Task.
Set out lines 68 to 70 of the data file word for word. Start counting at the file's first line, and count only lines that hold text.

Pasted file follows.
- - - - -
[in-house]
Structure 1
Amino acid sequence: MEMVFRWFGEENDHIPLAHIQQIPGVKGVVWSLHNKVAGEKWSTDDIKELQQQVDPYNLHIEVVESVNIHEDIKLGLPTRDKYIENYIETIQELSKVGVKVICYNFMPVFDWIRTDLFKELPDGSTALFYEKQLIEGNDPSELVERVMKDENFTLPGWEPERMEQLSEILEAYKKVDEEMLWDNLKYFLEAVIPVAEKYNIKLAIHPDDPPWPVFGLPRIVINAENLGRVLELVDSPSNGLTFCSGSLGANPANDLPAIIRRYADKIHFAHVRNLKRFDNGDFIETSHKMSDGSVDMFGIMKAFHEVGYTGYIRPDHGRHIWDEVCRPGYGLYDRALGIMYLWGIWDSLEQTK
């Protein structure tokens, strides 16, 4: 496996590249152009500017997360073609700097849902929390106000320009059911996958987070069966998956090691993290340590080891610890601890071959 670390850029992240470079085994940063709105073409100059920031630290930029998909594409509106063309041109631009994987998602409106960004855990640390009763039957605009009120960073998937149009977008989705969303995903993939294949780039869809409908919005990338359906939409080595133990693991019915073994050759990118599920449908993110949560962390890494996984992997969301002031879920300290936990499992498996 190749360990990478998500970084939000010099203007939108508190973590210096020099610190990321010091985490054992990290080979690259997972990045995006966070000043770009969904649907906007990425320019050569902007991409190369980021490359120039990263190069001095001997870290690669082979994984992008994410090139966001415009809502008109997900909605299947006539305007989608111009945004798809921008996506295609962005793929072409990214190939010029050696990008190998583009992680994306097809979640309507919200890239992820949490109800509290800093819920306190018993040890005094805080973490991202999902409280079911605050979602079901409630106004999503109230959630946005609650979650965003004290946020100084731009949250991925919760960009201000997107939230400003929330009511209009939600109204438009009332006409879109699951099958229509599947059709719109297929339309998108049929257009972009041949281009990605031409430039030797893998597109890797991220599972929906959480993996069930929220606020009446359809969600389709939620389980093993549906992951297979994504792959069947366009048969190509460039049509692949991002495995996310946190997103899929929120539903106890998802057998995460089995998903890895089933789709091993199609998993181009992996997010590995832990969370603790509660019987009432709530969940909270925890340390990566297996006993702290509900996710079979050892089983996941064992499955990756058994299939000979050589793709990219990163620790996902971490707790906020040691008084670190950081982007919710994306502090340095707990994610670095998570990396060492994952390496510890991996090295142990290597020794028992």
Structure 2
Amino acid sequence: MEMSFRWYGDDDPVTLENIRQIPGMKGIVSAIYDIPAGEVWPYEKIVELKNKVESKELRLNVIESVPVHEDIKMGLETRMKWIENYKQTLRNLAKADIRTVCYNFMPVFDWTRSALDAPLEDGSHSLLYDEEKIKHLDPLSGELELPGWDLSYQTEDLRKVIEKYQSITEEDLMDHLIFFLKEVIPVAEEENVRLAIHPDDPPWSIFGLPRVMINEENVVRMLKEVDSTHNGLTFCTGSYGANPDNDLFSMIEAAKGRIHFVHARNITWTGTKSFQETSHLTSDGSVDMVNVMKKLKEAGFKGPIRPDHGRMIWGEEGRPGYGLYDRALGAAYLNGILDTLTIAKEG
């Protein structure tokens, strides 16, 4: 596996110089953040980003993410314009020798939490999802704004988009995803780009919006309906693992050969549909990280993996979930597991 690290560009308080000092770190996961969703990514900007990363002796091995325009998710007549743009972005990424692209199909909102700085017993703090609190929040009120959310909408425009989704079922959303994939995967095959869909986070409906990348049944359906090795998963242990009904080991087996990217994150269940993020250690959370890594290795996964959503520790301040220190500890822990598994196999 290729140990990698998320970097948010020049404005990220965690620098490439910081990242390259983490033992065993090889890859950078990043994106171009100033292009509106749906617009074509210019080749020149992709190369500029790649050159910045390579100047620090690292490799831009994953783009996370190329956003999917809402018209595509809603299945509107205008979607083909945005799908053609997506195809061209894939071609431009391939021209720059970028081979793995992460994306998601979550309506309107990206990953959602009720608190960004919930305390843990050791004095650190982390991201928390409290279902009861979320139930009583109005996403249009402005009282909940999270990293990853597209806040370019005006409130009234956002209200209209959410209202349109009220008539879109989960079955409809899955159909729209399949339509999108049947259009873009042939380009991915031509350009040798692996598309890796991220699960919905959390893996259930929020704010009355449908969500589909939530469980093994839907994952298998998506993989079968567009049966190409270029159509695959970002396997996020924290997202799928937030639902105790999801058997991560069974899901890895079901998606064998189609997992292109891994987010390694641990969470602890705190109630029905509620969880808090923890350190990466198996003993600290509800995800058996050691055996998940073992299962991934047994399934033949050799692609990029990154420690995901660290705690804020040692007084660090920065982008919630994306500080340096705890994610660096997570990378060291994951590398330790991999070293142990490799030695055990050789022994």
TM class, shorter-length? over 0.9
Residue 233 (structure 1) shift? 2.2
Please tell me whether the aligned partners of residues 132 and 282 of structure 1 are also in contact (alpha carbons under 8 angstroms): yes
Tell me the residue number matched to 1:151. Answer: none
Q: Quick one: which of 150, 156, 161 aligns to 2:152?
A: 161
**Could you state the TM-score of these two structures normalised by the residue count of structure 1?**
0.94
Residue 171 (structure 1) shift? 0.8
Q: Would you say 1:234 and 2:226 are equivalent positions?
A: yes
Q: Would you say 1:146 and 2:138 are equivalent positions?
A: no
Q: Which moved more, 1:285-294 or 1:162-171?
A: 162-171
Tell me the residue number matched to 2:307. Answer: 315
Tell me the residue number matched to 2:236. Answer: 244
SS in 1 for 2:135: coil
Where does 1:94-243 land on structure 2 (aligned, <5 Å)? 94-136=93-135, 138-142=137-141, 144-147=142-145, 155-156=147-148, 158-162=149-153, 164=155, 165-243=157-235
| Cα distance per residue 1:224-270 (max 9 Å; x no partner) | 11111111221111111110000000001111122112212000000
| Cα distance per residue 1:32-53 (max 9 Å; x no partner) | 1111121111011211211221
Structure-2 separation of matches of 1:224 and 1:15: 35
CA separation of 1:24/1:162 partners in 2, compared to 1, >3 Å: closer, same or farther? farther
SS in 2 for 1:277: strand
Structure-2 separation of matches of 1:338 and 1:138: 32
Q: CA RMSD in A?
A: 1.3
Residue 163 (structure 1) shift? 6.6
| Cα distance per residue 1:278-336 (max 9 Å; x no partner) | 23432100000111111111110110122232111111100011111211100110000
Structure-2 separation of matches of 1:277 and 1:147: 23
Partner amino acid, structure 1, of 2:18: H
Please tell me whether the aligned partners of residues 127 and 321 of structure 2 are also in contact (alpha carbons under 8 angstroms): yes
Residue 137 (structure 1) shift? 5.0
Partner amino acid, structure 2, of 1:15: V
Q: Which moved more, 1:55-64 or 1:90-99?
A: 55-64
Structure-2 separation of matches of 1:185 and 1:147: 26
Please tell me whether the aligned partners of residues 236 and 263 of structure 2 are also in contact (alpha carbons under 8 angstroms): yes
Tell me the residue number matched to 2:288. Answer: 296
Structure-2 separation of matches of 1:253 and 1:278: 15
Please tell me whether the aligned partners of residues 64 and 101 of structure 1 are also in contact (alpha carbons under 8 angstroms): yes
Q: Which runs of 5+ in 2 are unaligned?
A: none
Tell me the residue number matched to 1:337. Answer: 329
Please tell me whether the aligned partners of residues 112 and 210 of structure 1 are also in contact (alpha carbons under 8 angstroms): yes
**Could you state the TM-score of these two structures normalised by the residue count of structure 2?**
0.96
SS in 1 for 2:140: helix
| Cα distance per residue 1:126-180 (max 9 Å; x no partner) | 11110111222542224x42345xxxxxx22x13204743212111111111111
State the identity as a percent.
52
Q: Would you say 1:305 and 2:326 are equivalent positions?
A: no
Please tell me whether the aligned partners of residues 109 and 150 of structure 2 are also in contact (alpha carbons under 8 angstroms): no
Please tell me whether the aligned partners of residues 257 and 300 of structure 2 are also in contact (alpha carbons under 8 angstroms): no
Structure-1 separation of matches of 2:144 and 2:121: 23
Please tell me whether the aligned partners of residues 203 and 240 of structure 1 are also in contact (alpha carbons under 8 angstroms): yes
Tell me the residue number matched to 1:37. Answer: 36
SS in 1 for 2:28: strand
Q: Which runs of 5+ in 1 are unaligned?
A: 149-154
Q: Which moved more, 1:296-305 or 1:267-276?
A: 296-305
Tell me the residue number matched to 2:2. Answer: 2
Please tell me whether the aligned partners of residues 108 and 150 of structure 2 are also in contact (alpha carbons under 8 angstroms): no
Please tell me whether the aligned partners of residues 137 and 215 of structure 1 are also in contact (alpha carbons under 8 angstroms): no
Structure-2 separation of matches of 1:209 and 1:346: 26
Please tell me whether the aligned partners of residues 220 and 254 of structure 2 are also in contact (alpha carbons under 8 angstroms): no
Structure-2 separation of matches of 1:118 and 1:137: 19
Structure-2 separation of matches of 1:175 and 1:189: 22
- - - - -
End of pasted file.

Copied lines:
A: 149-154
Q: Which moved more, 1:296-305 or 1:267-276?
A: 296-305